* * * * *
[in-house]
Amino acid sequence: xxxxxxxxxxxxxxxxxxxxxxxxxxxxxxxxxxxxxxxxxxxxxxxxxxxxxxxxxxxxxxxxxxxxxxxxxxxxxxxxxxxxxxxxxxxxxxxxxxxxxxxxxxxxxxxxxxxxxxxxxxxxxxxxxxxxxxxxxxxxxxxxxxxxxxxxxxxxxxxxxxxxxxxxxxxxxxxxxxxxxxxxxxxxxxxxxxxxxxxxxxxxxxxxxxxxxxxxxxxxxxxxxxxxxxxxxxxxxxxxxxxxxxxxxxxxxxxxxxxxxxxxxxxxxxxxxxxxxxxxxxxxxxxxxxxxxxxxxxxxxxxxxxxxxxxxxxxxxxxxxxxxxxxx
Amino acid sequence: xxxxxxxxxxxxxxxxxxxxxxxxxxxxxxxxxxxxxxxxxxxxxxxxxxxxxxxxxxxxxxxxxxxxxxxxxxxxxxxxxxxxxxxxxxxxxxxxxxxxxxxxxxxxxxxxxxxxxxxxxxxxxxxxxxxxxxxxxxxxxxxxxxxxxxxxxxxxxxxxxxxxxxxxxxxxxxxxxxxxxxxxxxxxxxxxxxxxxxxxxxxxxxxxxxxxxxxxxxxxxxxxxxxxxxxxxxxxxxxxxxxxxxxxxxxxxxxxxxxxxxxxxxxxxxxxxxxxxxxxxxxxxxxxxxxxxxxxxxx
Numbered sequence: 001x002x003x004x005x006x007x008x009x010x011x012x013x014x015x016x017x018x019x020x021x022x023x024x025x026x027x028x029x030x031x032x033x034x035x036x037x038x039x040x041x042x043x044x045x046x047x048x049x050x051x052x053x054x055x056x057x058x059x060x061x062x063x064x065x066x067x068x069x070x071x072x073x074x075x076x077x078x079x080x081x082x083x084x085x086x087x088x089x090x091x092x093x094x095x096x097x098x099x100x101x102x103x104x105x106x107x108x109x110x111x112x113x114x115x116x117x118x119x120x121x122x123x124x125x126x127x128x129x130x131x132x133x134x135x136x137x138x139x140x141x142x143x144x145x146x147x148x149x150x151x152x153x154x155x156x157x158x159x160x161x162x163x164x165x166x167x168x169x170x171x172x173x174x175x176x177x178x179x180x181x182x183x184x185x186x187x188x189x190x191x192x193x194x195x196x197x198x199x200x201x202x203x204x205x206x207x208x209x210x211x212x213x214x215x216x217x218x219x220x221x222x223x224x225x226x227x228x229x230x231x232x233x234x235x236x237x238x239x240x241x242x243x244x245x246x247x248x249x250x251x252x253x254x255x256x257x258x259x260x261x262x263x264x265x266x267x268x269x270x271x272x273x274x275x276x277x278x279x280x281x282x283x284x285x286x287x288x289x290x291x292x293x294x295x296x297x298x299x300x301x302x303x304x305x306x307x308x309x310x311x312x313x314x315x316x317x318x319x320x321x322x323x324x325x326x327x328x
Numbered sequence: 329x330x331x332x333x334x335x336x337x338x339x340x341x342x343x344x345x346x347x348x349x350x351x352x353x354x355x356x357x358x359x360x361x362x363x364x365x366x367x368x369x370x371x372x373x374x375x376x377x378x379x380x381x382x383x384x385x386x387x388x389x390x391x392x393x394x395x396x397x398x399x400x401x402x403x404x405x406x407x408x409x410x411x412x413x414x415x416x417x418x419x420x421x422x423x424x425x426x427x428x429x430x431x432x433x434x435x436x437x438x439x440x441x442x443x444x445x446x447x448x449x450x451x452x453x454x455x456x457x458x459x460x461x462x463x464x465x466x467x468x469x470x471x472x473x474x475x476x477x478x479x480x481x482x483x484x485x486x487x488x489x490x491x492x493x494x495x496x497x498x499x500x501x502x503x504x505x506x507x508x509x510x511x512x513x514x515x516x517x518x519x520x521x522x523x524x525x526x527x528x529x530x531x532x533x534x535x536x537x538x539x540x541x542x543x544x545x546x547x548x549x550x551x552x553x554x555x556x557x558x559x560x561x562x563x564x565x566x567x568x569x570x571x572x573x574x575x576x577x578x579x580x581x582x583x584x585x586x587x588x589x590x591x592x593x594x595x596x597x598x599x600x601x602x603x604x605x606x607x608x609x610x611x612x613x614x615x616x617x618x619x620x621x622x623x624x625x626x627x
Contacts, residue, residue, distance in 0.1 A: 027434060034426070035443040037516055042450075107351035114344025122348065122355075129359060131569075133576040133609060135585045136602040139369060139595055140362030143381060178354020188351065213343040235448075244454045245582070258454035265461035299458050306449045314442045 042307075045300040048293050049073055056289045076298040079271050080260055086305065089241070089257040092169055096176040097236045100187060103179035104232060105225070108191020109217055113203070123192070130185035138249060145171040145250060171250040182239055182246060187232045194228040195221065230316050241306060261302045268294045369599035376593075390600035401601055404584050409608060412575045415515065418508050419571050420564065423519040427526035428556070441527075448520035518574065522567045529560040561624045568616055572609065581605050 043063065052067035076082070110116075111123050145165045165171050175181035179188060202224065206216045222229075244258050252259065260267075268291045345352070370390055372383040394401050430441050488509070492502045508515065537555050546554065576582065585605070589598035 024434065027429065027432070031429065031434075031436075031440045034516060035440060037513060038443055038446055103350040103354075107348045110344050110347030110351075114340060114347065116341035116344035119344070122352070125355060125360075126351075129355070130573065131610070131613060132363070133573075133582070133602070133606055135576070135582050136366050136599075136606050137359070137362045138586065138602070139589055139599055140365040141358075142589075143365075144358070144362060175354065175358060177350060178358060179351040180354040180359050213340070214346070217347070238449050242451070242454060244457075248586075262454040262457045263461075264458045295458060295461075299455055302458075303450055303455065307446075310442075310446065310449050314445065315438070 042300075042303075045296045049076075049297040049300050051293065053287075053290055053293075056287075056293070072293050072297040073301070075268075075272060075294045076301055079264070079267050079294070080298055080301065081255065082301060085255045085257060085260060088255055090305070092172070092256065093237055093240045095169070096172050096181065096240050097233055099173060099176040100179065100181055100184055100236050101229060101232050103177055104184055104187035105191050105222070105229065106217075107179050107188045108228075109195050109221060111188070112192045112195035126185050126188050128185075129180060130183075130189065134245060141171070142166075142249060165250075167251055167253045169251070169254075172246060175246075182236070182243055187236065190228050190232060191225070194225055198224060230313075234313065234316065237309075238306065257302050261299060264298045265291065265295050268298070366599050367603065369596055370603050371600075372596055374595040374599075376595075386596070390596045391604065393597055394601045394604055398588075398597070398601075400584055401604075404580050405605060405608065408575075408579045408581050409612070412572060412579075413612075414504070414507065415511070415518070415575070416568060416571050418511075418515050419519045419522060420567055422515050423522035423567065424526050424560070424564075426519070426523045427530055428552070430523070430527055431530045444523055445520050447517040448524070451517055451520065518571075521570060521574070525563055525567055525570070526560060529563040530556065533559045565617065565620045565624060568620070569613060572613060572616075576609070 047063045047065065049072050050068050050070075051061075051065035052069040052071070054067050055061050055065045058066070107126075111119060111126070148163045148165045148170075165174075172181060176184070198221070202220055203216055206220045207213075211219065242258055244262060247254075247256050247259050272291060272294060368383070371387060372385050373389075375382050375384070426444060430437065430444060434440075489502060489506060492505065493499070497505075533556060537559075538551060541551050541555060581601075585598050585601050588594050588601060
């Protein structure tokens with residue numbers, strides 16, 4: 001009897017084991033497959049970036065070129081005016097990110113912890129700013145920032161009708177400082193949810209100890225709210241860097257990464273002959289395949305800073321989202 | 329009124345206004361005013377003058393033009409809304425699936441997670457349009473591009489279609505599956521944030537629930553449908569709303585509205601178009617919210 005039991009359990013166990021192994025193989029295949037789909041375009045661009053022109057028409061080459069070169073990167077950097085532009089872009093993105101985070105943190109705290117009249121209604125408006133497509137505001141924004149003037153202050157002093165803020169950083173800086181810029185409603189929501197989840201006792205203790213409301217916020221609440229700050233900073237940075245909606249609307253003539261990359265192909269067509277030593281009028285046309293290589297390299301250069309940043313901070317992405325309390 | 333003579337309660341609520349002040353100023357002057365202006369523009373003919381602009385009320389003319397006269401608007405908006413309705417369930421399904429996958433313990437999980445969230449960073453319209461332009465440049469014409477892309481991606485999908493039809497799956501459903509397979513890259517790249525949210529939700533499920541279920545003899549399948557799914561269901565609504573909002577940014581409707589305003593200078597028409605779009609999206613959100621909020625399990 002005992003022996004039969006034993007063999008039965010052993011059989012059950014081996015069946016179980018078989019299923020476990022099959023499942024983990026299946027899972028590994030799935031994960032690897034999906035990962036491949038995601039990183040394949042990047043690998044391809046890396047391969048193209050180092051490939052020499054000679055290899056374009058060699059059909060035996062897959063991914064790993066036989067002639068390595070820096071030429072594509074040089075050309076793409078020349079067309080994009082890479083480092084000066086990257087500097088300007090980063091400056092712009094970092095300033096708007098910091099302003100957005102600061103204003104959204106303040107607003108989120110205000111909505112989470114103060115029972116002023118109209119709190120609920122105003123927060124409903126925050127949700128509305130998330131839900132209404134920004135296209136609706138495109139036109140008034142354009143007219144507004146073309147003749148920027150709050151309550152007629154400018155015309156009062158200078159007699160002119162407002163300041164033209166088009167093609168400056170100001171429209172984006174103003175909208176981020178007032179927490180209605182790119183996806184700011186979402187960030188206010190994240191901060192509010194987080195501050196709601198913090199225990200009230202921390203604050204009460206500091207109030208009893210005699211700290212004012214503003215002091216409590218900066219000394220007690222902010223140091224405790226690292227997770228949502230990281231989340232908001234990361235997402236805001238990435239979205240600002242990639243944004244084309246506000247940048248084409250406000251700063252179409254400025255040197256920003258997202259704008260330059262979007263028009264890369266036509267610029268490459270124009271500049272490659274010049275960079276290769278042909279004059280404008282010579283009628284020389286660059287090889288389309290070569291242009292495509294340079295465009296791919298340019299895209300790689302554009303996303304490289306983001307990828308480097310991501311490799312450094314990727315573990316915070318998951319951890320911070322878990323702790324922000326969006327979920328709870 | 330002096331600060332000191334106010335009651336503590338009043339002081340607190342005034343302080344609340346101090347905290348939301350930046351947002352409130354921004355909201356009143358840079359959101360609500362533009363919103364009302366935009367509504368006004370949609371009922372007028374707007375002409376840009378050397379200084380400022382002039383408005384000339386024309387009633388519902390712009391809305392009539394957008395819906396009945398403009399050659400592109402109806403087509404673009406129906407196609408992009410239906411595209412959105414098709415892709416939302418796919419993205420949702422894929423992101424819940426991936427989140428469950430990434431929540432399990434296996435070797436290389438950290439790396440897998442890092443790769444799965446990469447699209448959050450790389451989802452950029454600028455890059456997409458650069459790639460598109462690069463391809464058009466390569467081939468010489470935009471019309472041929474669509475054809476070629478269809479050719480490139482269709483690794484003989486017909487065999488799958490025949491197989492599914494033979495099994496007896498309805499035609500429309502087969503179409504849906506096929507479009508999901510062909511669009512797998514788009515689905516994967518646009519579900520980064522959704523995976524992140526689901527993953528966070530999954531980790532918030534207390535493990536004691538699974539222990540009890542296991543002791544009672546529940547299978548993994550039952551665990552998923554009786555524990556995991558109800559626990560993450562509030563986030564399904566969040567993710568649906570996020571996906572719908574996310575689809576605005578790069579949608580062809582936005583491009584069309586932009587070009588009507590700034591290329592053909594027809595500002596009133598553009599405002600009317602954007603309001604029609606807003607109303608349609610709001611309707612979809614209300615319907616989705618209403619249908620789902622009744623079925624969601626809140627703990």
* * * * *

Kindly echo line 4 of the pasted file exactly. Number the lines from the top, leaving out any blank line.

Numbered sequence: 001x002x003x004x005x006x007x008x009x010x011x012x013x014x015x016x017x018x019x020x021x022x023x024x025x026x027x028x029x030x031x032x033x034x035x036x037x038x039x040x041x042x043x044x045x046x047x048x049x050x051x052x053x054x055x056x057x058x059x060x061x062x063x064x065x066x067x068x069x070x071x072x073x074x075x076x077x078x079x080x081x082x083x084x085x086x087x088x089x090x091x092x093x094x095x096x097x098x099x100x101x102x103x104x105x106x107x108x109x110x111x112x113x114x115x116x117x118x119x120x121x122x123x124x125x126x127x128x129x130x131x132x133x134x135x136x137x138x139x140x141x142x143x144x145x146x147x148x149x150x151x152x153x154x155x156x157x158x159x160x161x162x163x164x165x166x167x168x169x170x171x172x173x174x175x176x177x178x179x180x181x182x183x184x185x186x187x188x189x190x191x192x193x194x195x196x197x198x199x200x201x202x203x204x205x206x207x208x209x210x211x212x213x214x215x216x217x218x219x220x221x222x223x224x225x226x227x228x229x230x231x232x233x234x235x236x237x238x239x240x241x242x243x244x245x246x247x248x249x250x251x252x253x254x255x256x257x258x259x260x261x262x263x264x265x266x267x268x269x270x271x272x273x274x275x276x277x278x279x280x281x282x283x284x285x286x287x288x289x290x291x292x293x294x295x296x297x298x299x300x301x302x303x304x305x306x307x308x309x310x311x312x313x314x315x316x317x318x319x320x321x322x323x324x325x326x327x328x